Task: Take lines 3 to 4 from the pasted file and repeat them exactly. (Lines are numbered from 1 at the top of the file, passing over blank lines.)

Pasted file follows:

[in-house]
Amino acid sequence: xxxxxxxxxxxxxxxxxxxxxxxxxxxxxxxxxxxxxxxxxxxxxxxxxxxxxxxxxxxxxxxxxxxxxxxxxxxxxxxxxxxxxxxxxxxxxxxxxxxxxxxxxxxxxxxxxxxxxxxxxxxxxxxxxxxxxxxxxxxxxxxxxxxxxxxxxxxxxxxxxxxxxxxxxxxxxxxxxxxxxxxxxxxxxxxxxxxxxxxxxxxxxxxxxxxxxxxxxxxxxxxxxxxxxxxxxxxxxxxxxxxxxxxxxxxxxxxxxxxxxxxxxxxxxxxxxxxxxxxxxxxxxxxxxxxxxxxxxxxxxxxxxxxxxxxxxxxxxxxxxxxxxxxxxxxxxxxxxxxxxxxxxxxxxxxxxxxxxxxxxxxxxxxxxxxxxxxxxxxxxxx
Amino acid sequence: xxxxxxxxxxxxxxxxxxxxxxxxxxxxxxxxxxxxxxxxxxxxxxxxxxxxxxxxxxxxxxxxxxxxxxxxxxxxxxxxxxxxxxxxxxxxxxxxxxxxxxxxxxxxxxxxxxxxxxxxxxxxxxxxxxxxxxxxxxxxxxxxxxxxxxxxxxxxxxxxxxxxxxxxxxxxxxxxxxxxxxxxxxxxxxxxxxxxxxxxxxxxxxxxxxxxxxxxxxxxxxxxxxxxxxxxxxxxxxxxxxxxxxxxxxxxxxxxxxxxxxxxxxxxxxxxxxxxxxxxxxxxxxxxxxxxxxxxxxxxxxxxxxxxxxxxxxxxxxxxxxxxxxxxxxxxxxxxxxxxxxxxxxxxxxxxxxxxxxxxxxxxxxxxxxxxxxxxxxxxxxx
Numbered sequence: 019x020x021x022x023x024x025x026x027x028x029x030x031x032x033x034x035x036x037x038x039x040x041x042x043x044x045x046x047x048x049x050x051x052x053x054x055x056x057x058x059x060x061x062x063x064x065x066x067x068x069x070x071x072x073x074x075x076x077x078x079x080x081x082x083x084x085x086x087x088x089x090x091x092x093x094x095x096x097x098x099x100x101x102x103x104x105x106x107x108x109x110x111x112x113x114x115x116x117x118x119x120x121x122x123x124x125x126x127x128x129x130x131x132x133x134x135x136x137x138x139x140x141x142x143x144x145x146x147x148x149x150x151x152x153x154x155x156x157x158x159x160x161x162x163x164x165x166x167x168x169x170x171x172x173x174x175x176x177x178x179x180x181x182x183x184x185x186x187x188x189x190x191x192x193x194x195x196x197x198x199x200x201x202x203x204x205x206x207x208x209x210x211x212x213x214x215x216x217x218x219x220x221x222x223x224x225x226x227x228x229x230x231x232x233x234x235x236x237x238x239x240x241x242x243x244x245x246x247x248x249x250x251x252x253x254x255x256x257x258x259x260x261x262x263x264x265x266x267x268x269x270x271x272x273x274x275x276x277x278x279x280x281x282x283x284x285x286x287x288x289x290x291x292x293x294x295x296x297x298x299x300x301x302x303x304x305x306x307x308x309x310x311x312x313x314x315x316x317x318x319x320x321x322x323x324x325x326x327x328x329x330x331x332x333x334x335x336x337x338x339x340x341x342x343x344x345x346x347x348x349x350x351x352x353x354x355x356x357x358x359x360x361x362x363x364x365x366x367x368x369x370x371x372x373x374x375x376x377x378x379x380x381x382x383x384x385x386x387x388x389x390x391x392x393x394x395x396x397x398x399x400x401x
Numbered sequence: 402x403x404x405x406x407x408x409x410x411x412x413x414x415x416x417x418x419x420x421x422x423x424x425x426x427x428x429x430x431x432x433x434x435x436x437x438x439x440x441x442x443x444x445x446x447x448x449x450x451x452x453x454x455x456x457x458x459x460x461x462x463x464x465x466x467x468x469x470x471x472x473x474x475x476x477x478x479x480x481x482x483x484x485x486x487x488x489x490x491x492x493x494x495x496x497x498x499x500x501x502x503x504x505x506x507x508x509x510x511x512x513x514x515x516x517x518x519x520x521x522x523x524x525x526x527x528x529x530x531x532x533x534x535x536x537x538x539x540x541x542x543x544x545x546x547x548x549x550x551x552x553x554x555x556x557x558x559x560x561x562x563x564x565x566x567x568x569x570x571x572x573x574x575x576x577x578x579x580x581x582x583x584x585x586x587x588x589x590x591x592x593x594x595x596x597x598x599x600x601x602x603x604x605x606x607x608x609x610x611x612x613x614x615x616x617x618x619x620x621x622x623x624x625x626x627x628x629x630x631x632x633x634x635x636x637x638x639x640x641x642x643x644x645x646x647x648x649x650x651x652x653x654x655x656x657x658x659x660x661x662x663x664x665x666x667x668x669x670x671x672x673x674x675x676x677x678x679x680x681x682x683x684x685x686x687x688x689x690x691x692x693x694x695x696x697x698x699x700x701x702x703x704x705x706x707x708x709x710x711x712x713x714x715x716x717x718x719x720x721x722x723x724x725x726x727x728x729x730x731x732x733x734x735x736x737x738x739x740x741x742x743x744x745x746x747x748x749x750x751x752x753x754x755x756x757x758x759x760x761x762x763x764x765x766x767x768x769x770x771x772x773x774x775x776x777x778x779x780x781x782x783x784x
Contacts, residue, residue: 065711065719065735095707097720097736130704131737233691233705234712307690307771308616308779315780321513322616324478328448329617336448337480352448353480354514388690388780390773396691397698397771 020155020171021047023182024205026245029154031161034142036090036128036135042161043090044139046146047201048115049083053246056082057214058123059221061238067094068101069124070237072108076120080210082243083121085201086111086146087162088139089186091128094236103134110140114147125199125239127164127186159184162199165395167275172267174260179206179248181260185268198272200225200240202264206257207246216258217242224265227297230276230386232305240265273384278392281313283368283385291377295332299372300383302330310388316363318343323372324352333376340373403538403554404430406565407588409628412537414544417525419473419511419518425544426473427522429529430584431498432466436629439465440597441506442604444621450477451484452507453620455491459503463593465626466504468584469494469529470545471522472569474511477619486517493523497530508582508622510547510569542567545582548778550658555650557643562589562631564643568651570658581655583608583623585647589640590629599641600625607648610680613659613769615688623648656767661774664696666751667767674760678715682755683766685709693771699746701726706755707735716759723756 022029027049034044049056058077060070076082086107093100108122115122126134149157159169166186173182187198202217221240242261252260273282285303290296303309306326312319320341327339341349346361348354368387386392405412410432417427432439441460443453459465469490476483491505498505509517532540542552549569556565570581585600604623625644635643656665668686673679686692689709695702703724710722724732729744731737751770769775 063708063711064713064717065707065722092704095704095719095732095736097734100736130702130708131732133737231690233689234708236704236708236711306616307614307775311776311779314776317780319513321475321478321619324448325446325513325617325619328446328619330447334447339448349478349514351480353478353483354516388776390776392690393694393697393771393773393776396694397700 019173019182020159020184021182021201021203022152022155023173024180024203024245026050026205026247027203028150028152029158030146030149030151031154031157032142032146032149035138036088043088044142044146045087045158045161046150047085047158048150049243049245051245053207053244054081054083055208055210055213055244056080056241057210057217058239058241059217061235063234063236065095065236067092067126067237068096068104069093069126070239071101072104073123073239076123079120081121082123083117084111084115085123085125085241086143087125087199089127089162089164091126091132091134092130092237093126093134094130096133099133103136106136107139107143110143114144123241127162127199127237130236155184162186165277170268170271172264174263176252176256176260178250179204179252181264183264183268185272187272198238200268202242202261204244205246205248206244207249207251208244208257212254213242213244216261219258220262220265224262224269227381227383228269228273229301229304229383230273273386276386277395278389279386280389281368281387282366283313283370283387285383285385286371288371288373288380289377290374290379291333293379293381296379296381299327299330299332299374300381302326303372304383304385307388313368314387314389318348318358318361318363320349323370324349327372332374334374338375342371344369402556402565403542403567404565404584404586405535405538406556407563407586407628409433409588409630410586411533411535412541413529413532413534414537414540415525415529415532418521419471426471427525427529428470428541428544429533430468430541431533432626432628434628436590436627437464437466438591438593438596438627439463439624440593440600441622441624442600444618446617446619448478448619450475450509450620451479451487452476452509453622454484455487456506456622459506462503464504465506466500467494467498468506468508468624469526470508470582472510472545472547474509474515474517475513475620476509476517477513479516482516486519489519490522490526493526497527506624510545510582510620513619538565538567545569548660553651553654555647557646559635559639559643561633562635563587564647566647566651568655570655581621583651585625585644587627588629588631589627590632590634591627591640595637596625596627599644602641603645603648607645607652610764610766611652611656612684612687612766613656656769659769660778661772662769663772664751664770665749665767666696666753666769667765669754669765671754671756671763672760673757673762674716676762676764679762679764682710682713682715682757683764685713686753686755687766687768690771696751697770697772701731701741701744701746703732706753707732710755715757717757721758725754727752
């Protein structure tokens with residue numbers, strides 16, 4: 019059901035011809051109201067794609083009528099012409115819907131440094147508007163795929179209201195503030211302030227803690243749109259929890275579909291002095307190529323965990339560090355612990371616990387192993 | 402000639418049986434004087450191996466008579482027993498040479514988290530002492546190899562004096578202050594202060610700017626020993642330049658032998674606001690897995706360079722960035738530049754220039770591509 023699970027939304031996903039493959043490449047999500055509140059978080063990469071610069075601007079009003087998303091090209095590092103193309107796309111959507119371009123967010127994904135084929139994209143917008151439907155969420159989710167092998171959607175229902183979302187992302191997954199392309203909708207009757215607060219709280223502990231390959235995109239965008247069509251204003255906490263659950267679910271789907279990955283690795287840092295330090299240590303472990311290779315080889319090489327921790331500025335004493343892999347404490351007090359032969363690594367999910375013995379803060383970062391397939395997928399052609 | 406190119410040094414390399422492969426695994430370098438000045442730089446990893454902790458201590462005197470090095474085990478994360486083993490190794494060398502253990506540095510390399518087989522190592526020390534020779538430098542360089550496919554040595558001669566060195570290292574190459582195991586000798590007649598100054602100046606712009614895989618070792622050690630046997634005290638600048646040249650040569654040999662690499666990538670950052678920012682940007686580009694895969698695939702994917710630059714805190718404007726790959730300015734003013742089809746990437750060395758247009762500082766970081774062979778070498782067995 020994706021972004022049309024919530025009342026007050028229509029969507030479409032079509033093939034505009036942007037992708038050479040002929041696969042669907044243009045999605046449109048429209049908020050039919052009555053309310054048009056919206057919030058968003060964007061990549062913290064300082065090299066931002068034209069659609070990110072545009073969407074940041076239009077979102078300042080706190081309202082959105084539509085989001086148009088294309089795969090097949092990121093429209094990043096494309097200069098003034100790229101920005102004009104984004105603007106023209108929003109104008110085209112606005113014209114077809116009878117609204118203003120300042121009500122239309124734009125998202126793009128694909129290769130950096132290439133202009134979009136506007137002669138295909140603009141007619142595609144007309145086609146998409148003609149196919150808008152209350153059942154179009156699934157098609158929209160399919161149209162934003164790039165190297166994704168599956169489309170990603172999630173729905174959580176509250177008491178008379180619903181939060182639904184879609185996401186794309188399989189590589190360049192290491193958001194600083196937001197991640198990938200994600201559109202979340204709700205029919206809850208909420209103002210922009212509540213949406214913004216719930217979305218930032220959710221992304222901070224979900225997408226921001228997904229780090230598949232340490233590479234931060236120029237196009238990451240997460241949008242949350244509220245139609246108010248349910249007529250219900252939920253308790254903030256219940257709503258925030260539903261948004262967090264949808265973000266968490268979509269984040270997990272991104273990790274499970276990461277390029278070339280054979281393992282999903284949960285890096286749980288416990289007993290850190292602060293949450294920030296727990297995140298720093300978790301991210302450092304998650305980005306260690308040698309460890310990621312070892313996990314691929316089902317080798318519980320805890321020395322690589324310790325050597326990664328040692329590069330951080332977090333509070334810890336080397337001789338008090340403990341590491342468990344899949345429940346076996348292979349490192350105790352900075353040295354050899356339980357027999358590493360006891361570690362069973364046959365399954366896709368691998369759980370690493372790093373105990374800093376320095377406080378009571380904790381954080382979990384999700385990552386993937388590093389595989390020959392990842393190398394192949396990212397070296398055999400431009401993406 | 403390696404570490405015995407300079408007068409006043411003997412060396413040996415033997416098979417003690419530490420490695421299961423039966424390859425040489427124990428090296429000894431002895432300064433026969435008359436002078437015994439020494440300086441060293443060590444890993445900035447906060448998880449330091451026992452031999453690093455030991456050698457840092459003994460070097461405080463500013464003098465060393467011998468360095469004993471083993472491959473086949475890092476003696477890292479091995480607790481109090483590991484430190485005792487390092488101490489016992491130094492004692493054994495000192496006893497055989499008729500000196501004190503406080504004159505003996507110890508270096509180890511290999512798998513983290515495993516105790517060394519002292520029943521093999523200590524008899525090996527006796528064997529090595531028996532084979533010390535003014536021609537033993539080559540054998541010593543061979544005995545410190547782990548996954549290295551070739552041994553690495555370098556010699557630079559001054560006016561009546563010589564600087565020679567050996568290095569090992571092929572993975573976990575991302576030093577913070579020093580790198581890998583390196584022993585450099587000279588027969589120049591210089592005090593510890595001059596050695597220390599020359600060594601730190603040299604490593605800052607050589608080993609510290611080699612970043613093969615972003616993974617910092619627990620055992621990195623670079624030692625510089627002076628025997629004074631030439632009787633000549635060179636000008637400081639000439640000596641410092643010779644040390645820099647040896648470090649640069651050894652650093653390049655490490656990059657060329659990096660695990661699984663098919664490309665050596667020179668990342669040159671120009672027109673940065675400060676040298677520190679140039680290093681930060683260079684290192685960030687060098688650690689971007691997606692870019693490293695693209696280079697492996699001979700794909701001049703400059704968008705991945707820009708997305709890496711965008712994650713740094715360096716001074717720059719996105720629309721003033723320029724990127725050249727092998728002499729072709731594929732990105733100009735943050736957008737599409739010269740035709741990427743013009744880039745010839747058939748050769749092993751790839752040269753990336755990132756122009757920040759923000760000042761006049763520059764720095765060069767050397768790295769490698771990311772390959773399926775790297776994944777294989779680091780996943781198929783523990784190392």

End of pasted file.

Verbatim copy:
Amino acid sequence: xxxxxxxxxxxxxxxxxxxxxxxxxxxxxxxxxxxxxxxxxxxxxxxxxxxxxxxxxxxxxxxxxxxxxxxxxxxxxxxxxxxxxxxxxxxxxxxxxxxxxxxxxxxxxxxxxxxxxxxxxxxxxxxxxxxxxxxxxxxxxxxxxxxxxxxxxxxxxxxxxxxxxxxxxxxxxxxxxxxxxxxxxxxxxxxxxxxxxxxxxxxxxxxxxxxxxxxxxxxxxxxxxxxxxxxxxxxxxxxxxxxxxxxxxxxxxxxxxxxxxxxxxxxxxxxxxxxxxxxxxxxxxxxxxxxxxxxxxxxxxxxxxxxxxxxxxxxxxxxxxxxxxxxxxxxxxxxxxxxxxxxxxxxxxxxxxxxxxxxxxxxxxxxxxxxxxxxxxxxxxxx
Numbered sequence: 019x020x021x022x023x024x025x026x027x028x029x030x031x032x033x034x035x036x037x038x039x040x041x042x043x044x045x046x047x048x049x050x051x052x053x054x055x056x057x058x059x060x061x062x063x064x065x066x067x068x069x070x071x072x073x074x075x076x077x078x079x080x081x082x083x084x085x086x087x088x089x090x091x092x093x094x095x096x097x098x099x100x101x102x103x104x105x106x107x108x109x110x111x112x113x114x115x116x117x118x119x120x121x122x123x124x125x126x127x128x129x130x131x132x133x134x135x136x137x138x139x140x141x142x143x144x145x146x147x148x149x150x151x152x153x154x155x156x157x158x159x160x161x162x163x164x165x166x167x168x169x170x171x172x173x174x175x176x177x178x179x180x181x182x183x184x185x186x187x188x189x190x191x192x193x194x195x196x197x198x199x200x201x202x203x204x205x206x207x208x209x210x211x212x213x214x215x216x217x218x219x220x221x222x223x224x225x226x227x228x229x230x231x232x233x234x235x236x237x238x239x240x241x242x243x244x245x246x247x248x249x250x251x252x253x254x255x256x257x258x259x260x261x262x263x264x265x266x267x268x269x270x271x272x273x274x275x276x277x278x279x280x281x282x283x284x285x286x287x288x289x290x291x292x293x294x295x296x297x298x299x300x301x302x303x304x305x306x307x308x309x310x311x312x313x314x315x316x317x318x319x320x321x322x323x324x325x326x327x328x329x330x331x332x333x334x335x336x337x338x339x340x341x342x343x344x345x346x347x348x349x350x351x352x353x354x355x356x357x358x359x360x361x362x363x364x365x366x367x368x369x370x371x372x373x374x375x376x377x378x379x380x381x382x383x384x385x386x387x388x389x390x391x392x393x394x395x396x397x398x399x400x401x